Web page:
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49Re: [PublicPopForum] Addicted to Money -- excellent

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  • aditmore@juno.com
    Nov 20, 2009
      This is an extremely good point and it is exactly why my childfree Town Project focuses on municipal or perhaps county government and I bother little with state, national or global government.  However the local solution is not land use planning, it is contraception funding, and they are in direct competition for local tax money.  Also, the formation of local majorities requires the migration of like minded people into sustainable controlling majorities, assuming democratic rule, thus if local majorities of overpopulation activists are to formed, local land use policies must not prevent migration into like minded clusters, because if that happens then overpopulation activists will be forced to stay put, remain minorities in every town, and control, or even influence, nothing.

      I found it really disturbing that they said that movement of people was unstoppable- and they did not say why.  I did not like their global solutions either.
      Solutions really need to be local . Look where globalisation has got us so far. It's like saying "put the same people and instrumentalities in charge of the future as those who made such a mess of the past." Globalisation is out of scale of people and their connection to the environment. If most people are going to be living in cities in the future then most people will have even less feedback from their immediate environment than they do now.
      At the same time as the assertion that the problems facing humanity need global solutions, there was no indication in the program that modern humans are any better equipped to avoid ecological collapse then were ancient peoples who experienced same.
      Asserting that global solutions are needed I think makes most people sit back and feel uninvolved and passive.
      ----- Original Message -----
      Sent: Friday, November 20, 2009 10:22 AM
      Subject: [PublicPopForum] Addicted to Money -- excellent


      The final episode of Addicted to Money, on ABC TV1 last night, was as good as we hoped.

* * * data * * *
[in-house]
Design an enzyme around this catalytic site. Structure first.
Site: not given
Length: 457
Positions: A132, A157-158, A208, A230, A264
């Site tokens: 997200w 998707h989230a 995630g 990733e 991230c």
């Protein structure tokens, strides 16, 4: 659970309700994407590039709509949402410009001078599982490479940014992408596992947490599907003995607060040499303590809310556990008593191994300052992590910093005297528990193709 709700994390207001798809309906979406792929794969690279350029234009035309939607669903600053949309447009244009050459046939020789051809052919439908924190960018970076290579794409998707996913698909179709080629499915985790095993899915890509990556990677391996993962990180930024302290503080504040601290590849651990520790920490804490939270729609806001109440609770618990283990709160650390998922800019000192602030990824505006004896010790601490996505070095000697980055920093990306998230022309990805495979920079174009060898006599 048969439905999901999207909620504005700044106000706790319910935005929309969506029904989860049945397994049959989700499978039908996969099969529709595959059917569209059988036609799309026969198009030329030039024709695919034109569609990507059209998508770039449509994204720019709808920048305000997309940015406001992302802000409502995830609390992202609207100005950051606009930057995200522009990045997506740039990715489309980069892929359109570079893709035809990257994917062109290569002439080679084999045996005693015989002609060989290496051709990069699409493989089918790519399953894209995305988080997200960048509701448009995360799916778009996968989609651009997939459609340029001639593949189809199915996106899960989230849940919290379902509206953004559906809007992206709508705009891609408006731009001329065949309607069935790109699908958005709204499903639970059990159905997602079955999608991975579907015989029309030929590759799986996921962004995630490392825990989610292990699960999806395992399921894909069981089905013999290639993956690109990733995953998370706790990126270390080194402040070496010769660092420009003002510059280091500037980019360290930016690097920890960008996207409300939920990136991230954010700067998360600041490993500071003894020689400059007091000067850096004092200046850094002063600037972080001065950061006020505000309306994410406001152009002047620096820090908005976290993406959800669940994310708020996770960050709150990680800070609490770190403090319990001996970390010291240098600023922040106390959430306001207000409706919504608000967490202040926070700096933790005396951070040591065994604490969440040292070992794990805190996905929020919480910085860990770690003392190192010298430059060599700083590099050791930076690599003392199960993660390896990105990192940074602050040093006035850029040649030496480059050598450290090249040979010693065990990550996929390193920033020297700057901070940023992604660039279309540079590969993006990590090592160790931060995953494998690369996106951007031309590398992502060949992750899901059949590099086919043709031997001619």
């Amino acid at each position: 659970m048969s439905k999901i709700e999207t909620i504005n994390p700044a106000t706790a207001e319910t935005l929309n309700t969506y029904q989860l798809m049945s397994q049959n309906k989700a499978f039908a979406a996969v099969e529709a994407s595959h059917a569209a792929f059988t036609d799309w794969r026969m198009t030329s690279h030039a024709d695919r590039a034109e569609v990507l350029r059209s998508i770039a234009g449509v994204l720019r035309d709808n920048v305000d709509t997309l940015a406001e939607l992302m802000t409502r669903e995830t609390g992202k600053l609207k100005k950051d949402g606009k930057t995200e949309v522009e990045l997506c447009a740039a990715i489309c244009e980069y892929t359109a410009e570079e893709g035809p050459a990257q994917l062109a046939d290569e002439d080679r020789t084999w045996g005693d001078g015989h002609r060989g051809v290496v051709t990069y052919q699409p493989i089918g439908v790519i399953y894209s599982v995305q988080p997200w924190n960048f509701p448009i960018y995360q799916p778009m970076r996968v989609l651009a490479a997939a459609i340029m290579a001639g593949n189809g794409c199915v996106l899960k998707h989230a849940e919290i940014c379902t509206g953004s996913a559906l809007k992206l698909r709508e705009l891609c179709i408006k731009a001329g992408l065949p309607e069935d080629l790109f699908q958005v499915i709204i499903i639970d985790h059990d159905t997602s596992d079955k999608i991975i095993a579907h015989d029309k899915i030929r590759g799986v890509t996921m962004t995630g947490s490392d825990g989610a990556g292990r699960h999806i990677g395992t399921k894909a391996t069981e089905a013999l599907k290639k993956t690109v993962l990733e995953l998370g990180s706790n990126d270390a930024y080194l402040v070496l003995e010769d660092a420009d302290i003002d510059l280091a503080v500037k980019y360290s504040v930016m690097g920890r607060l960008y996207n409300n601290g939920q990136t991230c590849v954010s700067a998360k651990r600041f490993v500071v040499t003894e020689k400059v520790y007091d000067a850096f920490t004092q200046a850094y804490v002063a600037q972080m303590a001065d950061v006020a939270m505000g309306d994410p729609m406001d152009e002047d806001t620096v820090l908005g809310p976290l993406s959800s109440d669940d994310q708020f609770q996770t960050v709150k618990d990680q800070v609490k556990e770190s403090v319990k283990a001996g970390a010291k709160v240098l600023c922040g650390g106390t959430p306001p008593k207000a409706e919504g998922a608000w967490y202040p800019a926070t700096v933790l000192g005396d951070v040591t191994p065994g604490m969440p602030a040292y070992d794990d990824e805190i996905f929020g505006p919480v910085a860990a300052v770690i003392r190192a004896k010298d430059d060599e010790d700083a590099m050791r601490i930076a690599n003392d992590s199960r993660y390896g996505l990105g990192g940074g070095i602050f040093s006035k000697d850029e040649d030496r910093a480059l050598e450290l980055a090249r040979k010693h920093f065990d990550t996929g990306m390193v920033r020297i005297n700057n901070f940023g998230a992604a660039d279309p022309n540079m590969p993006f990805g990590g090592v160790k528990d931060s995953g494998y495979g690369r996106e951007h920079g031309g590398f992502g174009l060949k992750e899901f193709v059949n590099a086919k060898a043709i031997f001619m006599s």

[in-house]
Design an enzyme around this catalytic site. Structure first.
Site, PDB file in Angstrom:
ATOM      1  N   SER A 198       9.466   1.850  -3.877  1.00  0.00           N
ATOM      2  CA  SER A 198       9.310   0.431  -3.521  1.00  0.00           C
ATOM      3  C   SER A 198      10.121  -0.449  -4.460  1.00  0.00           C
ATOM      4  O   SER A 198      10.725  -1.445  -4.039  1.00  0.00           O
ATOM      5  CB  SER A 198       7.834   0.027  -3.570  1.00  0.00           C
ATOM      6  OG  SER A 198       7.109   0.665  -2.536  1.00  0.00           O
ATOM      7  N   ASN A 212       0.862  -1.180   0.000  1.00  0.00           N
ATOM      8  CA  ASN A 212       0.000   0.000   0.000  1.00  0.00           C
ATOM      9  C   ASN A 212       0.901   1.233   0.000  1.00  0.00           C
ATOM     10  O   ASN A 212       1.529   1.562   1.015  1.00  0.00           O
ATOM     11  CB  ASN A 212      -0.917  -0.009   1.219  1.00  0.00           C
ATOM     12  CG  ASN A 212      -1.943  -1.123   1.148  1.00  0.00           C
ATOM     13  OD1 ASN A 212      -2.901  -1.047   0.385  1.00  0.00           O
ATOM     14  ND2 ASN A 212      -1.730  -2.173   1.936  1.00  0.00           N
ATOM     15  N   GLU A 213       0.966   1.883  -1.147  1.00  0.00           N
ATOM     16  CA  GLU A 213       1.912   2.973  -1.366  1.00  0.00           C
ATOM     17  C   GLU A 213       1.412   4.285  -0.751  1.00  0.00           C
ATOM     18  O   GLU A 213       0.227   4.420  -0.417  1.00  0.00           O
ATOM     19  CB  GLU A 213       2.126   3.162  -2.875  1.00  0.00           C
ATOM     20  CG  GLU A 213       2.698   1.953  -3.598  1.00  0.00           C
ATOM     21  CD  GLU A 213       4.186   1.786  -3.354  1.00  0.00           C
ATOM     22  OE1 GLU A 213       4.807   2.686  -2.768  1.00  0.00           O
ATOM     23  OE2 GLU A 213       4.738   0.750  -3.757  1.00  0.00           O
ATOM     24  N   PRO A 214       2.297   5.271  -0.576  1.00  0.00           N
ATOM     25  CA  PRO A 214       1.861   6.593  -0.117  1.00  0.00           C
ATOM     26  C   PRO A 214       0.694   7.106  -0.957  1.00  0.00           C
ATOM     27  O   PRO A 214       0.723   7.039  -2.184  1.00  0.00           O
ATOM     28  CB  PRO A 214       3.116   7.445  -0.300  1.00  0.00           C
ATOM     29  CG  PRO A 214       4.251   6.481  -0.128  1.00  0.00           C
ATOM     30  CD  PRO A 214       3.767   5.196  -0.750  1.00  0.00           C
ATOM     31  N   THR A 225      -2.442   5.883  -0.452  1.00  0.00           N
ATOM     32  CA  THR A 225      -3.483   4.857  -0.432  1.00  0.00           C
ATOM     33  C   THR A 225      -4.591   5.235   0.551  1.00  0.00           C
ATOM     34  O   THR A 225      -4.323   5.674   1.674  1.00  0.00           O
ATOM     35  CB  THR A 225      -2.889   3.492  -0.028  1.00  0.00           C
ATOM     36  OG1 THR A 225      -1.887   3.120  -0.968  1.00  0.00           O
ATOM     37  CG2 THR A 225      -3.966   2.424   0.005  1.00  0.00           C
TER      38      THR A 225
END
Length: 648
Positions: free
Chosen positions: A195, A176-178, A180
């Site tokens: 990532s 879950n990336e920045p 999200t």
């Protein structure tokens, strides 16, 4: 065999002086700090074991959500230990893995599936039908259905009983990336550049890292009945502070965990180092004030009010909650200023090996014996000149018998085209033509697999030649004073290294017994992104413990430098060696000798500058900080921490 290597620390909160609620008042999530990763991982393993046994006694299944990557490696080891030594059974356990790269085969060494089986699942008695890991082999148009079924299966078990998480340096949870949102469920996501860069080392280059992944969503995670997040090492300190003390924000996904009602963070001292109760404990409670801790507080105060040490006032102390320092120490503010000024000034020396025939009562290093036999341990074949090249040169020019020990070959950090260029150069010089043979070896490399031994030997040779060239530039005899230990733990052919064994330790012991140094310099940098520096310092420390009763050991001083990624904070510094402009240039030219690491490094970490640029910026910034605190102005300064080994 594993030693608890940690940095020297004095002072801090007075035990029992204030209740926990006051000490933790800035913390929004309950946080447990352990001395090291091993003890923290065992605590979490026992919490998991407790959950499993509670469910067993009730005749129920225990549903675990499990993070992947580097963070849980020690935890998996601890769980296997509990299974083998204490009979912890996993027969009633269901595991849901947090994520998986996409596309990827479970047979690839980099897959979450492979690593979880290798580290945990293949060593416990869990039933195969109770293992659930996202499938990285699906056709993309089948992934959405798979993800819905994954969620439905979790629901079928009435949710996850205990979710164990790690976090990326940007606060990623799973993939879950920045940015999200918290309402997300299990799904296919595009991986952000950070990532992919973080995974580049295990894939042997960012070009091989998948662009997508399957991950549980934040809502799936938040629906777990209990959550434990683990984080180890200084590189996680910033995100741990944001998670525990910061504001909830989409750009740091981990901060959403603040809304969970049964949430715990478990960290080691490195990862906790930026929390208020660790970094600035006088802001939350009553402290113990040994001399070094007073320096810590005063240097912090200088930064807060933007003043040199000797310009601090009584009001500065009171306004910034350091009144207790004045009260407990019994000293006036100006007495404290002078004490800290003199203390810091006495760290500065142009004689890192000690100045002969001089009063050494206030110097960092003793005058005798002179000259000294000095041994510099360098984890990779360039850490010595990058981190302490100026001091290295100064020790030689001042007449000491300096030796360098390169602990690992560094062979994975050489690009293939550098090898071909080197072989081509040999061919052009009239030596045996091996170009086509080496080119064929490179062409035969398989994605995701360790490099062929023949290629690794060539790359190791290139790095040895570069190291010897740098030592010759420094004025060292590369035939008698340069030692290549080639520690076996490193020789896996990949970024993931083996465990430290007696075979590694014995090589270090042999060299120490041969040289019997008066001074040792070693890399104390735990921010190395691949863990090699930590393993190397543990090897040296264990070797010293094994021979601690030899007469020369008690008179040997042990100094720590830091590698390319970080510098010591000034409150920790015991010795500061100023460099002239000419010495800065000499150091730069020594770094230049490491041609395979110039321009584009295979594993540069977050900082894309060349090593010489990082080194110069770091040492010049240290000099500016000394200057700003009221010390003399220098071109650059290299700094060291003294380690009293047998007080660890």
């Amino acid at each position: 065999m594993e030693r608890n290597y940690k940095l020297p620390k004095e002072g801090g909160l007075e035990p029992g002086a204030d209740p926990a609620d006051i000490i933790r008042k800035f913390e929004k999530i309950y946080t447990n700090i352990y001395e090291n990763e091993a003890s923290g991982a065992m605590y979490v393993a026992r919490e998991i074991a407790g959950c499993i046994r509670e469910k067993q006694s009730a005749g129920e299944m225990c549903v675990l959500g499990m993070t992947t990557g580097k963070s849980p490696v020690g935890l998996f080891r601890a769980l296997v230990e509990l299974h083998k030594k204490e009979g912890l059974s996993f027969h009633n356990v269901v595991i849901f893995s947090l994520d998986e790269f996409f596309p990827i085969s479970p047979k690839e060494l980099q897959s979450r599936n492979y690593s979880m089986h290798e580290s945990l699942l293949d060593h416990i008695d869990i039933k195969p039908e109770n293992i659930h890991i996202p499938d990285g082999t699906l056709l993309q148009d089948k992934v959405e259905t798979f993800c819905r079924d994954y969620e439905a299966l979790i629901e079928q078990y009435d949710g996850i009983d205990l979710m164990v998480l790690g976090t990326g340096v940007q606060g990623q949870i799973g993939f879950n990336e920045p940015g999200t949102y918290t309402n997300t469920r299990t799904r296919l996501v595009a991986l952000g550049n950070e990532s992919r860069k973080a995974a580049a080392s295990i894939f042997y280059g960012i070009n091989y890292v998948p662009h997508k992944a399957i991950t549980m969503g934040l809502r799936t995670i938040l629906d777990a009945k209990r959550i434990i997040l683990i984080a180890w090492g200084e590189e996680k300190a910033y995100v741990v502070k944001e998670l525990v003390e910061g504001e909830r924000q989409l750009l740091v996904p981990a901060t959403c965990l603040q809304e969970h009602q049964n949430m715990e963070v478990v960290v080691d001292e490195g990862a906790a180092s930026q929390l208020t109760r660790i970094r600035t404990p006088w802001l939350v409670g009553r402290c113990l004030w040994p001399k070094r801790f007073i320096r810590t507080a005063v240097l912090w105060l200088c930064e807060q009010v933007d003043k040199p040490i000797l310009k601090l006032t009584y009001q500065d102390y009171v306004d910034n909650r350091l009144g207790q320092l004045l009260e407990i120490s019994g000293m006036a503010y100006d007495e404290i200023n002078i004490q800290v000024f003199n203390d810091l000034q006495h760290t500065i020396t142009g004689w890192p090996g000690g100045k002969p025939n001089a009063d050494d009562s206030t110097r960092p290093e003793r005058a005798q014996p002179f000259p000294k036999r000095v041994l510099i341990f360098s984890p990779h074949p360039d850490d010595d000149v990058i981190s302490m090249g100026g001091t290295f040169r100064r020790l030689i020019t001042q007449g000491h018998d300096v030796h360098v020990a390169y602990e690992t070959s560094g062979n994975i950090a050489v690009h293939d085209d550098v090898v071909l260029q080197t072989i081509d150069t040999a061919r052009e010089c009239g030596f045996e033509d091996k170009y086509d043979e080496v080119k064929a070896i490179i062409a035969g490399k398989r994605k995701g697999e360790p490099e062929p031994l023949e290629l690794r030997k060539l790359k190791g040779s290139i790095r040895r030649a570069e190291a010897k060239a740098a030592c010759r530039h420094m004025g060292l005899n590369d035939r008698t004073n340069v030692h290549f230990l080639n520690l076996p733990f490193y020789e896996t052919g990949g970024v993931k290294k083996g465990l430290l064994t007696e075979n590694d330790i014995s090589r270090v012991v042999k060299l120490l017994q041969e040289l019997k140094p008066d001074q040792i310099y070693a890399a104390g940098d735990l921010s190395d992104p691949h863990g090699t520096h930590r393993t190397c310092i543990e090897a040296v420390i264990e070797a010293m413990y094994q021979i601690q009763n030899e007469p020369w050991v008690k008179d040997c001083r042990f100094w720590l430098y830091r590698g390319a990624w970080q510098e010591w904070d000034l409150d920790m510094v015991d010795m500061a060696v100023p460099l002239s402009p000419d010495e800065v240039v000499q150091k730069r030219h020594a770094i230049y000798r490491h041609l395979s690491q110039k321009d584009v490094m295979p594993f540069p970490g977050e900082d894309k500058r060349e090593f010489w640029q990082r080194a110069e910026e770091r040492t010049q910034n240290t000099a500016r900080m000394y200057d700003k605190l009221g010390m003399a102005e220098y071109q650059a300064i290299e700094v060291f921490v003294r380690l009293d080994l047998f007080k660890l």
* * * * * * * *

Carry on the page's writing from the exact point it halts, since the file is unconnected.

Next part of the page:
SPA could hardly have made a better documentary to push our own views.

      It had some great statistics, that went by in a flash. e.g. Something about needing 30 kilos of oil to make the fertiliser for 10 kilos of food.

      Ehrlich and others were good, though I had some reservations about Paul Gilding of the Ecos Foundation and one other who believed that migration out of the third world was unstoppable.

      I wonder if Ehrlich's suggestion that most Americans may have bought their last car will prove valid.

      Sadly I can't find a transcript of it online, only an "interactive edition" of the program..
      Basic info is at http://www.abc. net.au/tv/ documentaries/ stories/s2746753 .htm


      In the final episode of Addicted To Money, David McWilliams argues that the convulsions of the financial crisis are small compared to the imminent threats ahead.
      We are facing severe shortages of the key resources that fuel the global economy and make our civilisation possible: oil, water and food. Ultimately, these are all energy issues, and until the energy dilemma is seriously addressed, there can be little optimism for sustainable long-term growth.
      We have reached what influential Australian ecologist Paul Gilding calls the ‘Great Disruption’, the moment where our old economic model can no longer be sustained.

      Though the ABC's summary gives no indication of how crucial population was to McWilliams's analysis. Or how utterly he discounts "long-term growth".

      Perhaps one of the other national broadcasters in Ireland or UK will lodge a transcript.



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